“Afghanistan is a horrible place, especially for women. This is not true, but it is how the international media show my country,” says 21-year-old Diba Akbari, a reporter and presenter at Zan TV, the first TV channel aired exclusively by Afghan women.
Diba and her fellow Afghan female journalists report on the society in which they were born and raised — and they face a wide range of challenges. Their careers were born within deeply entrenched patriarchal norms and a lack of media independence. Some face objection to their work from their families and harassment both in their offices and while reporting. Others have paid dearly in their personal lives as a result of their work.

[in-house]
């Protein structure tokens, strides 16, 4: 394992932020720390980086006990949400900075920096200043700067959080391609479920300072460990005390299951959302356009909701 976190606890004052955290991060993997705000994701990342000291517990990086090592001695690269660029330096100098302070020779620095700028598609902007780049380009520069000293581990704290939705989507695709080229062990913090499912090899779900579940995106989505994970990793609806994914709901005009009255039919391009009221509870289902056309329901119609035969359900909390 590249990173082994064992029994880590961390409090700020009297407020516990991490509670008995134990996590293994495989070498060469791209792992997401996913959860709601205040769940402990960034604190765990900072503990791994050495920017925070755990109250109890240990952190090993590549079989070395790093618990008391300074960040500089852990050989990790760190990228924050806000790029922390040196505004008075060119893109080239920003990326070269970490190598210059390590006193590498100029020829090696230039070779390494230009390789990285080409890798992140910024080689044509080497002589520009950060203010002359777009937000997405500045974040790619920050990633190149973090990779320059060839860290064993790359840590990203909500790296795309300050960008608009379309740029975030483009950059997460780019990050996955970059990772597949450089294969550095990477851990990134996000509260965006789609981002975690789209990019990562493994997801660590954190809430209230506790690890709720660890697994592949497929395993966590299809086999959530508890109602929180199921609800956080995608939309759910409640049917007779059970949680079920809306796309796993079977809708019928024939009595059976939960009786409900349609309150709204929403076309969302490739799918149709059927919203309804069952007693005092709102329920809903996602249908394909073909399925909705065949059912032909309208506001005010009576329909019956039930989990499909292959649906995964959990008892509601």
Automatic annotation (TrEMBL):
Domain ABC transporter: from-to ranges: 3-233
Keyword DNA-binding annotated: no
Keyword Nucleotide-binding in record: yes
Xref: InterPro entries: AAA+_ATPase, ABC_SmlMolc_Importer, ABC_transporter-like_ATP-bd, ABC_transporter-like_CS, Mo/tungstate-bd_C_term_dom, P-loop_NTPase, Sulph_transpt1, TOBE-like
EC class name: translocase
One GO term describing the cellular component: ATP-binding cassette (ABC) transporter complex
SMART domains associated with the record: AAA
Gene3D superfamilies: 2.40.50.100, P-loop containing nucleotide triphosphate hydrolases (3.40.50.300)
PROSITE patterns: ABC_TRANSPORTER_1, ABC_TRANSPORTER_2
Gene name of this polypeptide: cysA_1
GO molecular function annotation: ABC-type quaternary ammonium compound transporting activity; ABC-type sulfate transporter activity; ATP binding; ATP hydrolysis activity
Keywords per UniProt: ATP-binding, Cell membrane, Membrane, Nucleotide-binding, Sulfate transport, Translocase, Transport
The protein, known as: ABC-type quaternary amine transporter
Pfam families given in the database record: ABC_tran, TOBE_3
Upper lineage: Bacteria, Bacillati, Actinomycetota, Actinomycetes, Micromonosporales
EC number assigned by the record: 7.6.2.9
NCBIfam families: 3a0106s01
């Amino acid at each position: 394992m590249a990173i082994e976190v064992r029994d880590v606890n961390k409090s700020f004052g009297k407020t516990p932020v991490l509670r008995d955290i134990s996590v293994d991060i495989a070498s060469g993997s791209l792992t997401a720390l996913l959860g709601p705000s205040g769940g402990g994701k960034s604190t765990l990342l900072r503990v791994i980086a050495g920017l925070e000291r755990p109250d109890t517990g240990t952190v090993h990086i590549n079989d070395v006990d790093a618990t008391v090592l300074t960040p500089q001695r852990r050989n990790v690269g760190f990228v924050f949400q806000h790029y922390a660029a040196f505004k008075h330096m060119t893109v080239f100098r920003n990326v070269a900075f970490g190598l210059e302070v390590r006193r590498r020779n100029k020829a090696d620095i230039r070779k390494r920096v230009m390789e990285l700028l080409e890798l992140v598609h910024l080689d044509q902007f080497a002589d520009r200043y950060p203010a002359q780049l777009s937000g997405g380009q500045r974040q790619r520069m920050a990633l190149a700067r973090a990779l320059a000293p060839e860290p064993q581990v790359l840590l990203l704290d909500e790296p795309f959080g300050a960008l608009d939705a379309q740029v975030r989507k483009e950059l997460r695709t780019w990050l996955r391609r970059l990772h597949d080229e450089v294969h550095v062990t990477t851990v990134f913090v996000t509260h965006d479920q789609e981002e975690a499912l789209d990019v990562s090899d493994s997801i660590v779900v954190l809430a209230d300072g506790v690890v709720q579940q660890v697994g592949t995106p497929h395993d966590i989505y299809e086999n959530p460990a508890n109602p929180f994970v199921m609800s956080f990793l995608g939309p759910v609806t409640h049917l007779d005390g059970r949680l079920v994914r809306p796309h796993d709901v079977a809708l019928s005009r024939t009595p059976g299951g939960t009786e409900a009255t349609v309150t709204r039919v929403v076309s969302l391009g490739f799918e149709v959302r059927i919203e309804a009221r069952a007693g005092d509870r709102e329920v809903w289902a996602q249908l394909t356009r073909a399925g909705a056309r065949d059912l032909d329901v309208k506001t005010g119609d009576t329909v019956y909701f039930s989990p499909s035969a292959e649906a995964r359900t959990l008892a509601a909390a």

Despite these hurdles, Afghan women journalists continue to push forward, investing in their country and providing a unique and insightful perspective on Afghan stories — one not available from men or outsiders.
The growth of the Afghan press has been one of the rare undisputed success stories of foreign intervention in the country. Before 2001, no private broadcasters operated in Afghanistan. Today, according to Internews partner Nai, the Afghan press corps is made up of some 10,000 media workers and journalists. Of these, just over 1,700 are women.
Female Afghan journalists largely find themselves sidelined in stories published about and from Afghanistan. A lack of trust is just one of the reasons. Abdul Mujeeb Khalvatgar, managing director at Nai, says international organizations face challenges with security because there is no system in place to check the background of employees from Afghanistan.
Today, according to Internews partner Nai, the Afghan press corps is made up of some 10,000 media workers and journalists. Of these, just over 1,700 are women.
In 2010, political journalist Shakila Ibrahimkhail’s investigative report on women being sold in the Jalalabad bazaar of Shinwar led the…